Inside the Artist’s Studio with Katharine Wood: A Lifelong Passion

I was born and grew up in Manhattan, New York, the oldest of four children with two brothers and a sister.  My father was a well-known editor and book publisher and my mother, although a stay-at-home housewife, was an accomplished artist.

I always loved to draw and paint, and was allegedly into art from the moment I could hold a crayon.  I never attended art school, although I was continuously involved in art-related activities and organizations.

I inadvertently became involved with the medium that would be my life-long passionenamel!  One day, while home from college, my mother asked me if I would like to make a piece of enameled jewelry. How could I refuse?  After my first firing, seeing the piece go into the kiln and come out minutes later glowing with color, I was hooked.

Red enamel container

Red enamel container

City Sunrise

City Sunrise

The pieces above are done in champleve enamel; the metal (in this case copper) has been etched first and then enameled into the recessed areas.

Recently I moved.  For the first time, I no longer have a separate room for my studio, but I feel I have done a good job in setting up an area in shared space (i.e. one wall behind a sofa in the living room).  My kiln is in the kitchen.  Overall, because I have less space, I have made what I do have much more efficient, and so far it has been working out well.  I am only limited on the size of the work, but I always have preferred working smaller anyway.  New Yorkers are usually cramped for space, but you see it can be done!

view from the left of my 'studio'

View from the left of my ‘studio’

view from the right of my 'studio'

view from the right of my ‘studio’

my kiln!

my kiln!

I have made efficient use in a small space by use of a cabinet, which I have stocked full of my enamels. I also make sure I have all the ‘tools of the trade’ at hand, ready to use.

cabinet of enamels

cabinet of enamels

Tools of the trade

Tools of the trade

Although I have limited space, it doesn’t hurt that I have a limitless view from the studio window!

Coop City view from my window (fall)

Coop City view from my window (fall)

Coop City sunrise

Coop City sunrise

So now that you have seen my studio, what exactly is enamel?  Basically, it is glass (usually grains, like sand or finer) fused to metal (usually copper, silver, gold, or steel) at very high temperatures (usually around 1400-1500F).  The colors are unparalleled, and, being glass, will never fade—or at least not for hundreds of years!  It is generally applied either dry, in a sifter, or wet, with a fine brush or spatula.  You may have guessed by now that I am also an instructor of enamel.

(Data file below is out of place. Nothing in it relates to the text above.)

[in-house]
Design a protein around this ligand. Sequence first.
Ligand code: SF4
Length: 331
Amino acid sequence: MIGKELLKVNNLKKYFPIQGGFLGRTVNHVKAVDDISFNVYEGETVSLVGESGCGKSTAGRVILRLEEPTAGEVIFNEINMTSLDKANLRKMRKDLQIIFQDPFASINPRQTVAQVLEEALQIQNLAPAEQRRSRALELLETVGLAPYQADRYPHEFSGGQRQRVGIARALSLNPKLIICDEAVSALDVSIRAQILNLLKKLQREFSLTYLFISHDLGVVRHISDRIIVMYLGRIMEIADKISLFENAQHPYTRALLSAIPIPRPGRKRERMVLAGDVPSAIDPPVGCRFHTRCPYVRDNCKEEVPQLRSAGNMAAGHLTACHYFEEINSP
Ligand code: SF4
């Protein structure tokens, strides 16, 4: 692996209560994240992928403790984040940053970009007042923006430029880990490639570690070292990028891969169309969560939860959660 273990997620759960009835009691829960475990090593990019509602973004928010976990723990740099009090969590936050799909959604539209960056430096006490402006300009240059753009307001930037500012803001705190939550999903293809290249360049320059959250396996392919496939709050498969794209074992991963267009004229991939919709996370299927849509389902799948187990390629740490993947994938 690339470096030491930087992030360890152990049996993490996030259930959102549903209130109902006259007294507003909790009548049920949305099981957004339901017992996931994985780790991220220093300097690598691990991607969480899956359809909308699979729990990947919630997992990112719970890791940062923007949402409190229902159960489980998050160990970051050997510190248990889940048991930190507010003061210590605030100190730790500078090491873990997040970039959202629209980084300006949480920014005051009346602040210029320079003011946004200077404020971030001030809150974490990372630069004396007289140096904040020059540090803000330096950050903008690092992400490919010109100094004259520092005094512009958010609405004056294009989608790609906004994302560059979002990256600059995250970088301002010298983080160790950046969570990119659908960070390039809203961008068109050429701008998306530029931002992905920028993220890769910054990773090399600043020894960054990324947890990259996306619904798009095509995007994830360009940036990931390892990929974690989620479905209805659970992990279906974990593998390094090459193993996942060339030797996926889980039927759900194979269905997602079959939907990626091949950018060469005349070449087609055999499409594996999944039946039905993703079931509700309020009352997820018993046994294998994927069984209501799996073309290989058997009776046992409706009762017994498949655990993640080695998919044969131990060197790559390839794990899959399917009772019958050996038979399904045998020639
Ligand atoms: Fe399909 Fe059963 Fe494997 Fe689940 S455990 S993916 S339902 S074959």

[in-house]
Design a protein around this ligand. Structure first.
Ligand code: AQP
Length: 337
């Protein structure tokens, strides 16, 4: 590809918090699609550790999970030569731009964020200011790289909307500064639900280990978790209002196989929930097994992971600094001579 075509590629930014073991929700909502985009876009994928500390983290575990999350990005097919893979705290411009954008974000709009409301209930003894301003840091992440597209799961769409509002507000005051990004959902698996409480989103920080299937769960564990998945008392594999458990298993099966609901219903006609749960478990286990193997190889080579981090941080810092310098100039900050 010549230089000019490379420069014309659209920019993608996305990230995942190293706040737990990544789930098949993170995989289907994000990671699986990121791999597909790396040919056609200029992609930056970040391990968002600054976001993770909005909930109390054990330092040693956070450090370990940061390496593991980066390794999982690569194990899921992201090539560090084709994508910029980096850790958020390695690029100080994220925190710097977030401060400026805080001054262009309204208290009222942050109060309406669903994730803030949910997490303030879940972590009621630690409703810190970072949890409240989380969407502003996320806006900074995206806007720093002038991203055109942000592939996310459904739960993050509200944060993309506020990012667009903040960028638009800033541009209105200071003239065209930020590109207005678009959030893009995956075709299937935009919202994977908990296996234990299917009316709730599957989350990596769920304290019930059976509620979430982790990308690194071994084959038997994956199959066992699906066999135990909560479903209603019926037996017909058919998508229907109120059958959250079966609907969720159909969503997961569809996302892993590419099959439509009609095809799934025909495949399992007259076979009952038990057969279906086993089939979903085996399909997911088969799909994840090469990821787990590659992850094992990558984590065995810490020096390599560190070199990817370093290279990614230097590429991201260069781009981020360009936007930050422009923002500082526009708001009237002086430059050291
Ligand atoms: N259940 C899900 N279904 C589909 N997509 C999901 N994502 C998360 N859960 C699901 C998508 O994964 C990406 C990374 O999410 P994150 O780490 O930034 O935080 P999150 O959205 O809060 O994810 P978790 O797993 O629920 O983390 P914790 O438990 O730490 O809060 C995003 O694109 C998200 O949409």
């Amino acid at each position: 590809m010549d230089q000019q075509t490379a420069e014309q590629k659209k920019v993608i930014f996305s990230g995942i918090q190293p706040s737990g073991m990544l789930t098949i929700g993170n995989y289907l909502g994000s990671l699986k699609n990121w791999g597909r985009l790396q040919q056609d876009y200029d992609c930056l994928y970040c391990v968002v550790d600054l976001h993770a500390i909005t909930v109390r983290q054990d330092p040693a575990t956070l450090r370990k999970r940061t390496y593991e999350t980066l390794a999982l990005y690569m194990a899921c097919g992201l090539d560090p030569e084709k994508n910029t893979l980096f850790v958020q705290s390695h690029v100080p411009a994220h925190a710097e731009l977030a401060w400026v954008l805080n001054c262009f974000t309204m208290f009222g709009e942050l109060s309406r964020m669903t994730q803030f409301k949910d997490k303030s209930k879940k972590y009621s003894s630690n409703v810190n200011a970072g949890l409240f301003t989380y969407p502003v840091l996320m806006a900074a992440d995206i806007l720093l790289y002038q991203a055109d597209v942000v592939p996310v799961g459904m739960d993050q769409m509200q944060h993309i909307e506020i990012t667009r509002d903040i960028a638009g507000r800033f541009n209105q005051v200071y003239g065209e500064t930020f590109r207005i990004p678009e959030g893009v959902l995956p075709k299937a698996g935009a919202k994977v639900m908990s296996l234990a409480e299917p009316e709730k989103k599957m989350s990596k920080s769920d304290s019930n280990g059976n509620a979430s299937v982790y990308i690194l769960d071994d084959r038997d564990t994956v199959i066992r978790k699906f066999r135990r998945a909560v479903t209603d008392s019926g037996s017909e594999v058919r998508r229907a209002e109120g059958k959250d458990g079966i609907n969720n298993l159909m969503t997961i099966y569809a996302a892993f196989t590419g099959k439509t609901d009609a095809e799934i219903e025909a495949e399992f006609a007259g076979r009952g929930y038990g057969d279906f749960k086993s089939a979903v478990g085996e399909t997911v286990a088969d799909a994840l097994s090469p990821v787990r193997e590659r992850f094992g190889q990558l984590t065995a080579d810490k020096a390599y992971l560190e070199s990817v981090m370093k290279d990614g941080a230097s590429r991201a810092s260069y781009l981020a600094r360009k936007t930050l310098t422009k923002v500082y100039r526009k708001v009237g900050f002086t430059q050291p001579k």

Over time I have created everything from wallpieces and jewelry to objects, such as boxes and bowls.  Here are a few pieces that show the range of what is possible.

Rocket Machine Shop I

Rocket Machine Shop I

Achilles Mask

Achilles Mask

Achilles Mask

Achilles Mask

Girl in Glasses (Transit Diaries)

Girl in Glasses (Transit Diaries)

Leaf Dish

Leaf Dish

Katharine Wood’s two Transit Diaries enamel portraits won an honorable mention in our Small Works exhibition. You can see more of Katharine’s work at her website, www.antoniatile.com. Or stop by the gallery before the end of the year to see two of Katharine’s enamel works in person!

Check out our previous installment of Inside the Artist’s Studio, a post by Rochester plein air painter Phyllis Bryce Ely.

 

Inside the Artist’s Studio with Phyllis Bryce Ely: Look Out the Window

“Look out the window.” My mother said that to me again and again. If I was bored, she would say, “Look out the window, what do you see? Make something to tell me about.” If I complained of long trips in the car she would say, “Look out the window.” Over time we drove and we drove and I looked and looked, and in my head I practiced drawing lines and shapes. I tried to count the different kinds of blues and greens I could see. I thought about how I could mix colors of paint to match what I saw. I wondered about the bright and dark places in clouds, and I wondered why the full moon followed our car so perfectly. That’s when I began to feel the need to move the images in my head onto paper and canvas.